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Aurora/Chicago, Illinois
United States
City of license Aurora, Illinois
Branding UniMás Chicago
Channels Digital: 50 (UHF)
Virtual: 60 (PSIP)
Affiliations UniMás (O&O)
Owner Univision Communications
(UniMas Chicago LLC)
First air date April 20, 1982; 37 years ago (1982-04-20)
Call letters' meaning C(X)hicago/Xtreme TeleFuTura
(WCFT was already in use at the time of assignment)
Sister station(s) TV: WGBO-DT
Former callsigns WBBS-TV (1982–1987)
WEHS (1987–1992)
WEHS-TV (1992–2001)
WXFT (2001–2003)
WXFT-TV (2004–2009)
Former channel number(s) Analog:
60 (UHF, 1982–2009)
59 (UHF, 2006–2009)
Former affiliations Spanish independent (1982–1987)
HSN (1987–2002)
TeleFutura (2002–2013)
Transmitter power 230 kW
Height 508.7 m
Facility ID 60539
Transmitter coordinates Lua error in Module:Coordinates at line 668: callParserFunction: function "#coordinates" was not found.
Licensing authority FCC
Public license information: Profile
Website tv.univision.com/unimas/

WXFT-DT, virtual channel 60 (UHF digital channel 50), is an UniMás owned-and-operated television station serving Chicago, Illinois, United States that is licensed to Aurora. The station is owned by Univision Communications, as part of a duopoly with Univision owned-and-operated station WGBO-DT (channel 66).

The two stations share studio facilities located on Fairbanks Court (near Columbus Drive and Illinois Street) in the Streeterville neighborhood, with WXFT's transmitter located atop the Willis Tower on South Wacker Drive in the Chicago Loop. On cable, the station is available on Comcast Xfinity and RCN channel 15; there is a high definition feed offered on Comcast Xfinity digital channel 194 and RCN digital channel 614.


Prior history of UHF channel 60 in Chicago


The UHF channel 60 allocation in the Chicago market was originally occupied by WLXT-TV, which signed on in 1969 and broadcast only during the evening hours and on weekends. Operating as an independent station, WLXT carried Mickey Mouse cartoon shorts and tape-delayed telecasts of Northern Illinois Huskies football games, among other programs; these and other programs carried by WLXT were transmitted in black-and-white. WLXT carried remote broadcasts of fast-pitch softball games from the Aurora Sealmasters team and quarter-mile drag racing from nearby Oswego Raceway.

By 1970, WLXT purchased two RCA TK-60 color studio cameras held by NBC owned-and-operated station WNBQ-TV (channel 5, now WMAQ-TV). These cameras were said to be the first ever to be delivered and carried serial numbers 001 and 002. With a color studio, the station began carrying a hosted afternoon children's programming block and an exercise show (Nanette). The station also maintained a news department and aired half-hour early and late-evening newscasts, which were anchored by Christine Lund, who became a well-known news anchor in Los Angeles just over two years after WLXT ceased operations in August 1970. Tom Skilling, longtime chief meteorologist at WGN-TV (channel 9), got his start in television broadcasting at WLXT and presented daily weather forecasts for the station, during his junior year of high school; his brother, Jeff Skilling (then a high school sophomore, who later became known as a member of the management team of the ill-fated Enron Corporation), was also a part-time employee.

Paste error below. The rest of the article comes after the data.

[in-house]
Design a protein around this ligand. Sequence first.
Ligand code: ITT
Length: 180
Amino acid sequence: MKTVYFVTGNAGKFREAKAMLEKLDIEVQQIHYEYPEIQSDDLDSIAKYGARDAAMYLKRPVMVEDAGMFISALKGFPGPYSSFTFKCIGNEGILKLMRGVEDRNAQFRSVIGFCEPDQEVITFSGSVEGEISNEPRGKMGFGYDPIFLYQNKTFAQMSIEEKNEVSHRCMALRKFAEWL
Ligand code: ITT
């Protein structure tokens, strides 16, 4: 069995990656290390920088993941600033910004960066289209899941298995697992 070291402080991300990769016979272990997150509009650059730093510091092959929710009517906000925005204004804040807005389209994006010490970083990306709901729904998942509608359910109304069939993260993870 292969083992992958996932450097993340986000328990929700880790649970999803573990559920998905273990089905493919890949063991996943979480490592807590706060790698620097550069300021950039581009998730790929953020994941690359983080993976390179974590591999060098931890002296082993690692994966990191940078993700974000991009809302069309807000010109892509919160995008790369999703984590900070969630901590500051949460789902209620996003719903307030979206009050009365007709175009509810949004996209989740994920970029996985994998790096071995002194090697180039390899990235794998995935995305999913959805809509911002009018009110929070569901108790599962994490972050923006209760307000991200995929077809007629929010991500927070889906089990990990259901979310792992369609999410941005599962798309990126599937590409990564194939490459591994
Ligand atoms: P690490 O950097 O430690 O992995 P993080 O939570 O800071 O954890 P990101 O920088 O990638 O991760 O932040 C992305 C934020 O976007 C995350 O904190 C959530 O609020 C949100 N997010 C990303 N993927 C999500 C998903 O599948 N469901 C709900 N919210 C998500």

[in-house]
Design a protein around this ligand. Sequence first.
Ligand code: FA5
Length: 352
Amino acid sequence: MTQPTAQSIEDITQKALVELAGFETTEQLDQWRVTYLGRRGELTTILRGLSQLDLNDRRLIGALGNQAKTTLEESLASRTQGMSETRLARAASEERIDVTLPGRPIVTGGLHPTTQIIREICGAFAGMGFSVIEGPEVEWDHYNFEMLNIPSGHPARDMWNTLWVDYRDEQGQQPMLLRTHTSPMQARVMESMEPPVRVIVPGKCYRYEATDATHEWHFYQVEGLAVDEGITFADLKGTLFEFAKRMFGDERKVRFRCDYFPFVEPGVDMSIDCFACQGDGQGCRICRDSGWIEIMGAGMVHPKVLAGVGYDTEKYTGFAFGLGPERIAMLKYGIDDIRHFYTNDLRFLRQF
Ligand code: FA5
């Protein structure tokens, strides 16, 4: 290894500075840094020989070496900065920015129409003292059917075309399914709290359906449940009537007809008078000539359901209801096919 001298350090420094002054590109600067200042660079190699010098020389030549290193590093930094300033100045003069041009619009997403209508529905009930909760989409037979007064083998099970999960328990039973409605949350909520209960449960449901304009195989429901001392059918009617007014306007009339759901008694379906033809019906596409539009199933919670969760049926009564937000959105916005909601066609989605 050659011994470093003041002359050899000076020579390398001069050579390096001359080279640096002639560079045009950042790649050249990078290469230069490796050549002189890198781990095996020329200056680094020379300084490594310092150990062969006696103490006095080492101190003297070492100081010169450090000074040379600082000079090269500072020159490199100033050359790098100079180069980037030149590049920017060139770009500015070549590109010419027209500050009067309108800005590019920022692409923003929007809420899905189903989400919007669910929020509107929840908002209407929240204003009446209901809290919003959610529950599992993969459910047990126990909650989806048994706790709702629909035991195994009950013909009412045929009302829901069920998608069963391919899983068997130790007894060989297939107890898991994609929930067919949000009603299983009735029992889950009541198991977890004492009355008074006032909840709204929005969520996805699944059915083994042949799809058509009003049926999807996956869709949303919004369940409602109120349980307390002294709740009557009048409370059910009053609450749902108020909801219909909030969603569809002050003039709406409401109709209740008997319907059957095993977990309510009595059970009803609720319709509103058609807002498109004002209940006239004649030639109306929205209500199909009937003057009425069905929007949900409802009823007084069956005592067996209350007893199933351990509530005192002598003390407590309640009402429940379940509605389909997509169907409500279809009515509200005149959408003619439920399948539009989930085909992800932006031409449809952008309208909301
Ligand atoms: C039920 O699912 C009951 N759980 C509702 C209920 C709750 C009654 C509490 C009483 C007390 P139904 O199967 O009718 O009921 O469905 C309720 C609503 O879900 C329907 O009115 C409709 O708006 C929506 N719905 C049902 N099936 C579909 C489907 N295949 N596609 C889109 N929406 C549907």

WXFT station history

WPWR-TV/WBBS-TV timeshare

Metrowest Corporation – owned by Fred Eychaner – originally applied for a new license to operate a station on channel 60 in 1978; however, the license soon attracted competition from Marcelino Miyares (doing business as Hatco-60, "HATCO" standing for "Hispanic-American Telecasters of Chicago"). Ultimately, the two parties would reach a compromise: the Metrowest-licensed station would be licensed to Aurora and broadcast daily from 2:30 a.m. to 7:00 p.m., while the Hatco-60-licensed station would be licensed to West Chicago and broadcast daily from 7:00 p.m. to 2:30 a.m., giving channel 60 the distinction of being the only split-licensed station in the United States (and the first to operate in more than 20 years).

With the arrangement in placed, the two stations signed on in April 1982, sharing transmitter facilities atop the Sears Tower. Eychaner signed on independent station WPWR-TV, which dedicated a large percentage of its schedule to a new subscription television service called Sportsvision (a companion service to ONTV), which Eychaner had developed through a deal with Chicago White Sox co-owners Jerry Reinsdorf and Eddie Einhorn. In order to access the service, viewers had to purchase a set-top descrambling converter and pay a monthly subscription fee in order to view sporting events such as White Sox games. However, Sportsvision achieved little success on WPWR, and converted into a cable channel in January 1984. With Sportsvision removed from the station, WPWR ran public domain movies, cartoons and classic sitcoms from the early to mid-1950s to fill its schedule. In 1984, more popular classic sitcoms and newer barter cartoons were mixed into the lineup.